UK Company Threatens to Seize Pakistan Cricket Team's Assets Over Dispute With State

Broadsheet LLC says that the state of Pakistan and National Accountability Bureau have failed to pay more than $33 million that an arbitration court said they owed.

Former West Indies cricketer Michael Holding says that the Pakistani cricket team will be safer from coronavirus in England rather than in their own country. However, the Pakistani team is facing a threat of a different kind from Broadsheet LLC, a company based in Isle Man, which has threatened to seize the team’s assets over its dispute with Pakistan.

The company has won an arbitration case against the state of Pakistan and the National Accountability Bureau (NAB), and already sought court orders instructing professional bailiffs “to seize the assets of the Pakistani cricket team”. Their action will commence in two days.

In a letter sent to Pakistan’s counsel, Allen & Overy, the company says that the state of Pakistan and NAB have failed to pay the award money it owes, more than $33 million. On top of that, they have also refused to engage in any correspondence for months.

“The Pakistan cricket team is currently in the UK preparing for a Test series against England,” Broadsheet LLC says in the letter. “We consider that the team is, by the very nature, an asset of the defendant and that monies due to the team and assets of the team are assets of the defendant to the litigation.” The other assets the company has been considering to seize included the Pakistan High Commission building and high commissioner’s house in London as well as the Roosevelt Hotel in New York.

Pakistan had hired Broadsheet in 2000 – a year after General Pervez Musharraf took over in a military coup and established the NAB to investigate corruption allegations against public officials, including the Nawaz Sharif family . Musharraf’s government entered into an agreement with the company, with the task to help track down the assets of Sharif and more than 200 other politicians, generals and officials in the US and UK at its own expense – in return for 20% of any sums recovered from the designated targets.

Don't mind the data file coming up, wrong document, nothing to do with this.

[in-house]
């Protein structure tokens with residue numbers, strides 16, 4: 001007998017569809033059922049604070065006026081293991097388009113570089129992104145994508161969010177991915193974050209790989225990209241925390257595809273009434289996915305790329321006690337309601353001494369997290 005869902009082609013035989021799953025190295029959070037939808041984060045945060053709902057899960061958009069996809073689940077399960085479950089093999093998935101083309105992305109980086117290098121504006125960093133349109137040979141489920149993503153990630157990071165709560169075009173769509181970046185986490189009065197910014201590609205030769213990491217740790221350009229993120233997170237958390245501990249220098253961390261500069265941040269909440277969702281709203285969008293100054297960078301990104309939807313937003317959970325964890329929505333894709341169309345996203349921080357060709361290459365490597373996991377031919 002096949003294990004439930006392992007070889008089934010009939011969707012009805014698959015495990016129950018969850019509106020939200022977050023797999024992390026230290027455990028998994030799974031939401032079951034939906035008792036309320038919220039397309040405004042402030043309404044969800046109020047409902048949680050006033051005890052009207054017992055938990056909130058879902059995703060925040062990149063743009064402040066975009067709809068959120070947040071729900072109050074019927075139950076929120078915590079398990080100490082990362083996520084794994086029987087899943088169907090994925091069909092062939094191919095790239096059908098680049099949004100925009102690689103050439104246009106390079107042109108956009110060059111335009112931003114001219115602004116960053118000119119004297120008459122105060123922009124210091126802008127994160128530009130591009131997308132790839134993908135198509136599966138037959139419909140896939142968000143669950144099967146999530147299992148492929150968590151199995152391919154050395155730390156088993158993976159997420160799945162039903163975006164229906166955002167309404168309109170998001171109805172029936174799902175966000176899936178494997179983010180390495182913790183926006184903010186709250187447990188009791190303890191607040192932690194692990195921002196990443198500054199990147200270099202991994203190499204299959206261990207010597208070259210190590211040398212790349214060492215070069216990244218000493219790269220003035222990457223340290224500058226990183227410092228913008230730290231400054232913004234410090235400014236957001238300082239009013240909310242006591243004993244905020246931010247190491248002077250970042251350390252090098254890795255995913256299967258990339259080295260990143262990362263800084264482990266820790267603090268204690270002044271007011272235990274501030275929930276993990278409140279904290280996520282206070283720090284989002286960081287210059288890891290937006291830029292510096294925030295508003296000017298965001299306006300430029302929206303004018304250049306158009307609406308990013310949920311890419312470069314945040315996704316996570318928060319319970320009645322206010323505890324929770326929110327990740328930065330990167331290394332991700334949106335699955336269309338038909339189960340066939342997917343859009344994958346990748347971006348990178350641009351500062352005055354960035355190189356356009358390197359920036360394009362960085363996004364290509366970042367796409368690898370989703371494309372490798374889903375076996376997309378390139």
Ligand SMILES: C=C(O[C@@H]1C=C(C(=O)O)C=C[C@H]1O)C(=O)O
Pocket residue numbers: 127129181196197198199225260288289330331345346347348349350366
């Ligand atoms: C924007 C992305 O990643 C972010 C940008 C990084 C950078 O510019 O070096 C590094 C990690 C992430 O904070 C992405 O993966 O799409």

It is not clear whether the company helped Pakistan in recovering the ill-gotten wealth; instead, it got into a protracted legal battle with Pakistani authorities and in July last year was awarded a penalty of $21 million against Pakistan by the London Court of International Arbitration (LCIA).

The company was established by Colorado businessman Jerry James and entered liquidation proceedings in the Isle of Man in 2005, before being dissolved and then revived.

Interestingly, the company had negotiated an agreement with the NAB in 2008 that purported to settle the dispute for $5 million, which NAB officials paid. However, later it turned out that the money was paid to some other company.

Broadsheet accused NAB of breaking terms of the contract and entering into agreements with the ‘targets’ without notifying it and therefore depriving it of the share as agreed. In August 2016, the international tribunal judge Sir Anthony Evans upheld Broadsheet’s arguments and ruled that Pakistan is liable to pay damages as NAB wrongfully repudiated an asset recovery agreement with Broadsheet and breached the contract.

This is the second arbitration case Pakistan has lost. In July 2019, an arbitration tribunal of the World Bank has ruled in favour of Tethyan Copper Company Pvt Ltd (TCC) in a case involving the Reko Diq gold mine project in Balochistan. As a result of the ruling, a penalty of $6 billion was against Pakistan for not awarding the project to TCC.

Asif Ullah Khan is a freelance journalist based in Jaipur and has worked in senior editorial positions at The Times of IndiaThe Hindustan Times, Khaleej Times and The Brunei Times.